Andrews: Carrying a gun mostly just adds another level of liability.

Koryta: Readers like elements of realism, so what might be boring—such as sitting on a house where nothing happens or trailing the wrong guy—can be made to sing if done well.

Andrews: Always check out the client. Told a story of a PI who was hired to remove some bugs supposedly planted by a business competitor only to find out they were the FBI’s.

Andrews: PIs understand no one can do it all. If you’re a generalist you know who the specialists are who can help you. An amateur may not understand that.

Chercover: When writing an amateur, let them run into their limitations.

Koryta: Anyone with an iPhone and $100 can do more than anything he had gadgets for ten years ago. Don’t worry about how current the technology is. It’s the writing and the characters that give a story staying power.

3:00 Small and Mighty—Small Press Publishers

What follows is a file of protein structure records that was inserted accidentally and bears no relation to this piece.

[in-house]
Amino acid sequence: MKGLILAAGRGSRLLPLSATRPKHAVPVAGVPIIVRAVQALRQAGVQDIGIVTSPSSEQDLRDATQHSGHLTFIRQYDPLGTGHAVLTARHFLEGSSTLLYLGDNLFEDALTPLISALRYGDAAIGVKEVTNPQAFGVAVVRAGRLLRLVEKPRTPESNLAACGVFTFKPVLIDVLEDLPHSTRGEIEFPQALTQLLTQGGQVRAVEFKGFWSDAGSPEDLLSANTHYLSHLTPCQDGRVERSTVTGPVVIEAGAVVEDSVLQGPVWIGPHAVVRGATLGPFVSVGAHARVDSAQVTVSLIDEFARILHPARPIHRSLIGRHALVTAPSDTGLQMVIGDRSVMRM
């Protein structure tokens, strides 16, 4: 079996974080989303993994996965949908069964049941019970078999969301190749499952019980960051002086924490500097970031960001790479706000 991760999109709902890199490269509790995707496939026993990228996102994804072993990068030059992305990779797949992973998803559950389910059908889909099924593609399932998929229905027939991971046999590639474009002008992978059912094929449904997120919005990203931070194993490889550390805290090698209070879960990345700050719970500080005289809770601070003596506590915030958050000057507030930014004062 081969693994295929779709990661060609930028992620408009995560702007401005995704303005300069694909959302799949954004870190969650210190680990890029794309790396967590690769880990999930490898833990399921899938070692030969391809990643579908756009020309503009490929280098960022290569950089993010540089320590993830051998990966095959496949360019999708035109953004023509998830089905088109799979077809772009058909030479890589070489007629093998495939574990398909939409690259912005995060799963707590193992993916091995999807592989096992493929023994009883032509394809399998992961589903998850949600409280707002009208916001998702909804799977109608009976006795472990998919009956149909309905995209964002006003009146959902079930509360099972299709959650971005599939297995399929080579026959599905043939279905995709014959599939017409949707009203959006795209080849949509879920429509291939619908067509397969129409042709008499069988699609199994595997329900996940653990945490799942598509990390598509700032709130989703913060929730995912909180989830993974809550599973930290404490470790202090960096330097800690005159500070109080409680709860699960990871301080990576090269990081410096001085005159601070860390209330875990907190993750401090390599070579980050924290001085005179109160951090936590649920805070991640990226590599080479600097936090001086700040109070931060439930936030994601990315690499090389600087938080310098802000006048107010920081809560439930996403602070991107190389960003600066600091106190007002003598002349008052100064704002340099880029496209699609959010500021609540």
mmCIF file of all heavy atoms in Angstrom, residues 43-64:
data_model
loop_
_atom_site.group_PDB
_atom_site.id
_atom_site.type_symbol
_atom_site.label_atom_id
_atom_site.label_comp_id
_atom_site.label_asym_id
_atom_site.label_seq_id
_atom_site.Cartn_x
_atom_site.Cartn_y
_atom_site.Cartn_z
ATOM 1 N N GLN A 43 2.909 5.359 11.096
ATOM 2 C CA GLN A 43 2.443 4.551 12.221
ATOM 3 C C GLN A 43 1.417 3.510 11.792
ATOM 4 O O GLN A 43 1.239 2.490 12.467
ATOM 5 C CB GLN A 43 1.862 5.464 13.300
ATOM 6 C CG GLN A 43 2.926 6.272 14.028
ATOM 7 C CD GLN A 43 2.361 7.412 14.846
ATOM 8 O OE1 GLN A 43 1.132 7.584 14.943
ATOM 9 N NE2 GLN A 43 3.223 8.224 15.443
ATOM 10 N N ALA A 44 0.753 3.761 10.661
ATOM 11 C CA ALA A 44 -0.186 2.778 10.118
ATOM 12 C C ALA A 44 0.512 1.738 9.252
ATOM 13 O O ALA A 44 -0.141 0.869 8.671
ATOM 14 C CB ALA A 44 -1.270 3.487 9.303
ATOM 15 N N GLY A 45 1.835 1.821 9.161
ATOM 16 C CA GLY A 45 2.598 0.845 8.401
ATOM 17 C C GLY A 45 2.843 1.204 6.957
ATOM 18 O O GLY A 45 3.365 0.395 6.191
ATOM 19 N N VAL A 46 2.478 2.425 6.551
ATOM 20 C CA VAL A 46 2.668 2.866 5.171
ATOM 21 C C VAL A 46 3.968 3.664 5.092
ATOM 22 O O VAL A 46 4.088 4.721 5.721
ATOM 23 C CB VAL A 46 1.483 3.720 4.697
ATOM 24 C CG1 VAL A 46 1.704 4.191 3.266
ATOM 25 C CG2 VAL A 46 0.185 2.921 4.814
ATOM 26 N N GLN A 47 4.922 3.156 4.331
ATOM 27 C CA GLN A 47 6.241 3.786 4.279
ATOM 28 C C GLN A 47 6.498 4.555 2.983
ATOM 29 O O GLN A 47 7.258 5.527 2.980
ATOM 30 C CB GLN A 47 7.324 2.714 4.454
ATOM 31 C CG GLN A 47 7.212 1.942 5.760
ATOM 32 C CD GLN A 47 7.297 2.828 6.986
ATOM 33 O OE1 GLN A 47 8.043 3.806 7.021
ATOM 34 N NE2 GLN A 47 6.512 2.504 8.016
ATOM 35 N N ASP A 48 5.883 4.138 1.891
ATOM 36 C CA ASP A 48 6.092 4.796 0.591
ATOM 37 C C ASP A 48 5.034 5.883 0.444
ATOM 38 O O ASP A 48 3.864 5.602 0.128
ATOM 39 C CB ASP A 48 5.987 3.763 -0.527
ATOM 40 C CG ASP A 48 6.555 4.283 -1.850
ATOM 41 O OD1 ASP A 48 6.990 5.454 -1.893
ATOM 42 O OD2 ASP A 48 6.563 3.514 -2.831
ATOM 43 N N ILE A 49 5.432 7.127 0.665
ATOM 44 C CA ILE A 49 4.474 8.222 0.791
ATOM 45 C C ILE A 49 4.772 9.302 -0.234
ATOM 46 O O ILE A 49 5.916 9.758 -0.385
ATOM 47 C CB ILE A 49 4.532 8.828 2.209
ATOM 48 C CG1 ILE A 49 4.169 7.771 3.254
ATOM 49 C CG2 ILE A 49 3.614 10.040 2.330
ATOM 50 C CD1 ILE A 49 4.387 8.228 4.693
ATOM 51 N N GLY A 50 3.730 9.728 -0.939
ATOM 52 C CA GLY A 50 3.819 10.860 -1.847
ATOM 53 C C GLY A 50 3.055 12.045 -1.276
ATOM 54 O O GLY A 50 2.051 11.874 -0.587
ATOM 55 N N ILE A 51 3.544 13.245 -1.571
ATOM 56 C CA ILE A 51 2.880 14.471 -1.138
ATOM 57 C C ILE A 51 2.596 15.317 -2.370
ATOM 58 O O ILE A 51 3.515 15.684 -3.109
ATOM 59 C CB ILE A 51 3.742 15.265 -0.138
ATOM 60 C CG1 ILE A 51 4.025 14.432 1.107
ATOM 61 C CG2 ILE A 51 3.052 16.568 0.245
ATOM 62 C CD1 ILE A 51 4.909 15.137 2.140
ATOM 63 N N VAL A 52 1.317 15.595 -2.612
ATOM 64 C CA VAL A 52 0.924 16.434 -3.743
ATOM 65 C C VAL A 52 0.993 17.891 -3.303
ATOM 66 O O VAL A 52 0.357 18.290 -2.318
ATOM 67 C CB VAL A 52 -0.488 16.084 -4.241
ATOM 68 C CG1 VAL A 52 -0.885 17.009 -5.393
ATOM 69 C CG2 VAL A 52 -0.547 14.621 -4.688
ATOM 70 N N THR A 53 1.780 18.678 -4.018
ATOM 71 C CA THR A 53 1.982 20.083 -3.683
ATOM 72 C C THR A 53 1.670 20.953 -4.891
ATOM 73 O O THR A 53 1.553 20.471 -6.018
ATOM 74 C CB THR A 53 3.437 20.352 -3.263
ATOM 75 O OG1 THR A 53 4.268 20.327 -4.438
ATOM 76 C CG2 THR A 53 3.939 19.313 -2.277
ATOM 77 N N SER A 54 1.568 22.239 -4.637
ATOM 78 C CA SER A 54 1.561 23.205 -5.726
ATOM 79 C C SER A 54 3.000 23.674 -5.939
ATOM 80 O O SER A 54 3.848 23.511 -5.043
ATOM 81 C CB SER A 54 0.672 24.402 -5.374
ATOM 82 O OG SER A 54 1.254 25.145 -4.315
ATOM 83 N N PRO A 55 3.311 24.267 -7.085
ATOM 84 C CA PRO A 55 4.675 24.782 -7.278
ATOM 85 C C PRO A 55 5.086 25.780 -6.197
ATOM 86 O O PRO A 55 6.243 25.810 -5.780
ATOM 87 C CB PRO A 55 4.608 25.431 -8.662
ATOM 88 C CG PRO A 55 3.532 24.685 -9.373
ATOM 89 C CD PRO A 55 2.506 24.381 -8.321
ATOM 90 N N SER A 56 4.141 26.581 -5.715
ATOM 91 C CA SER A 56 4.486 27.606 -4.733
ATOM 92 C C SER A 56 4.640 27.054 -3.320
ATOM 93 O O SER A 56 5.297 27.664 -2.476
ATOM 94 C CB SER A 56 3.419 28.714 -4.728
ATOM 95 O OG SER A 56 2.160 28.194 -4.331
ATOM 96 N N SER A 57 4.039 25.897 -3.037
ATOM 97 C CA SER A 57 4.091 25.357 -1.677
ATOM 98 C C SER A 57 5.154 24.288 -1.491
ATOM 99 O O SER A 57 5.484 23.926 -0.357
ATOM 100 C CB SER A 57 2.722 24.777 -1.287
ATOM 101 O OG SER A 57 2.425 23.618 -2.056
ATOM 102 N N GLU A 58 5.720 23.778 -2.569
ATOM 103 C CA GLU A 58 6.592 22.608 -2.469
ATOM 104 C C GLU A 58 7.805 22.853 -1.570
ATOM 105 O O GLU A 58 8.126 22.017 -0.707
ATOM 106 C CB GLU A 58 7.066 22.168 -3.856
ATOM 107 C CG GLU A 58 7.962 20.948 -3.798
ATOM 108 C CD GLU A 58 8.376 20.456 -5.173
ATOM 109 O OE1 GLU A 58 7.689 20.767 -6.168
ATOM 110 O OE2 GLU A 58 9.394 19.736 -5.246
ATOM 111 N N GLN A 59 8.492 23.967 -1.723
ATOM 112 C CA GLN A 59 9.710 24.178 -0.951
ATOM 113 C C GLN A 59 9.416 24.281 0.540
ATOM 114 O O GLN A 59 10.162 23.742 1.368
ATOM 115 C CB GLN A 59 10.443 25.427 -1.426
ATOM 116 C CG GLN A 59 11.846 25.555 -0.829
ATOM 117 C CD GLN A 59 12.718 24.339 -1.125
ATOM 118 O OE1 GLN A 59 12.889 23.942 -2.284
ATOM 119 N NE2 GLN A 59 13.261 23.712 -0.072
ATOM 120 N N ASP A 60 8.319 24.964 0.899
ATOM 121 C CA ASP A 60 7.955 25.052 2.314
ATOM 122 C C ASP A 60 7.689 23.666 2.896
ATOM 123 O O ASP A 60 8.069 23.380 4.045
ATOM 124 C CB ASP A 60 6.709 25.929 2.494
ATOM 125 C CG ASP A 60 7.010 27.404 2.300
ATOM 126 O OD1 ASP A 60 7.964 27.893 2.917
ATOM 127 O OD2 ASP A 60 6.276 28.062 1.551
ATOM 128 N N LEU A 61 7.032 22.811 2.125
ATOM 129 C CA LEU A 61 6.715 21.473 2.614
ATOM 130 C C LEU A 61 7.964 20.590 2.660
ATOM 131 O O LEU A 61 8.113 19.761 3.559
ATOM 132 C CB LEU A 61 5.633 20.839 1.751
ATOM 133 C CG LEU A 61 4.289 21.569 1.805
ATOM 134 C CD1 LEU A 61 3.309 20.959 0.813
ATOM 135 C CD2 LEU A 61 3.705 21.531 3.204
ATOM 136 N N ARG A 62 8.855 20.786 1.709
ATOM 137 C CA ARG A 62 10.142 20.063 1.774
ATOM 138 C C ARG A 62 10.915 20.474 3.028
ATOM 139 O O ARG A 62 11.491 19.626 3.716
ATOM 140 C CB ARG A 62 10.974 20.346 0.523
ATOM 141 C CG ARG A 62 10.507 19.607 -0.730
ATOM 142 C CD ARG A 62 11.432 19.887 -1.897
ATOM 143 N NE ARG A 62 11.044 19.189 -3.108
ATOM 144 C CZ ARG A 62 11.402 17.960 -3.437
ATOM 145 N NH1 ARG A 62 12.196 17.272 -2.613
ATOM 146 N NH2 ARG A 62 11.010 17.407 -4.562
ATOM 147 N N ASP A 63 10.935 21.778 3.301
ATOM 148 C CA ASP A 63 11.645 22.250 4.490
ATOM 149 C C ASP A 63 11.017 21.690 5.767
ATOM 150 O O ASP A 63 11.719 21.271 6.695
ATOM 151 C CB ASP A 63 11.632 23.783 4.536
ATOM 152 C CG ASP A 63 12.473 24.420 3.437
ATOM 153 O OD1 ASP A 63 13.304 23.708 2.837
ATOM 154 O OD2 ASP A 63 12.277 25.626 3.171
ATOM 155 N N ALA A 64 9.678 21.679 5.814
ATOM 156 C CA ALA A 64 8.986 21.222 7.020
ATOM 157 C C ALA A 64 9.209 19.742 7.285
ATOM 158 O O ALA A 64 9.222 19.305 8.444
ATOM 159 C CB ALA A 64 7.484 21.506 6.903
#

Reavis Wortham (M), Eric Campbell, Kat Georges, Bob Gussin, Lloyd Otis, Chris Rhatigan

Bob Gussin can’t imagine publishing romance. The best part of publishing crime is he can tell within 10 – 15 pages if it’s worth messing with.

Worst query Kat Georges ever received: “I wrote a great book. Here’s the link.”

Georges: An often overlooked means of promotion is to write reviews for other outlets.

Gussin: The best blurbs are from the biggest authors. At least meet them to say hello at a conference, after which you can write to them to ask for the blurb, reminding them of your meeting.

Reavis Wortham: Best way to build relationships is to go to the bar and stay there.

Georges: The key advantage of a small press over self-publishing is the ability to leverage the small press’s reputation and infrastructure.

5:00 From Badge to Page—Ex=Cops Talk Writing
Danielle Ramsey (M), Bruce Robert Coffin, Colin Campbell, Tom O’Mara, Lissa Marie Redmond, Bernard Shaffer

Danielle Ramsey: Graham Greene once said “Every writer needs a heart of ice,” by which he meant an ability to look dispassionately at the most horrible or intimate things.

Lissa Marie Redmond: Male cops often have this attitude toward a female cop who’s being abused: “If you can’t handle your shit at home, how can you handle it on the street?”

Bruce Robert Coffin: Cops are used to things and people getting in the way when they’re trying to work a case.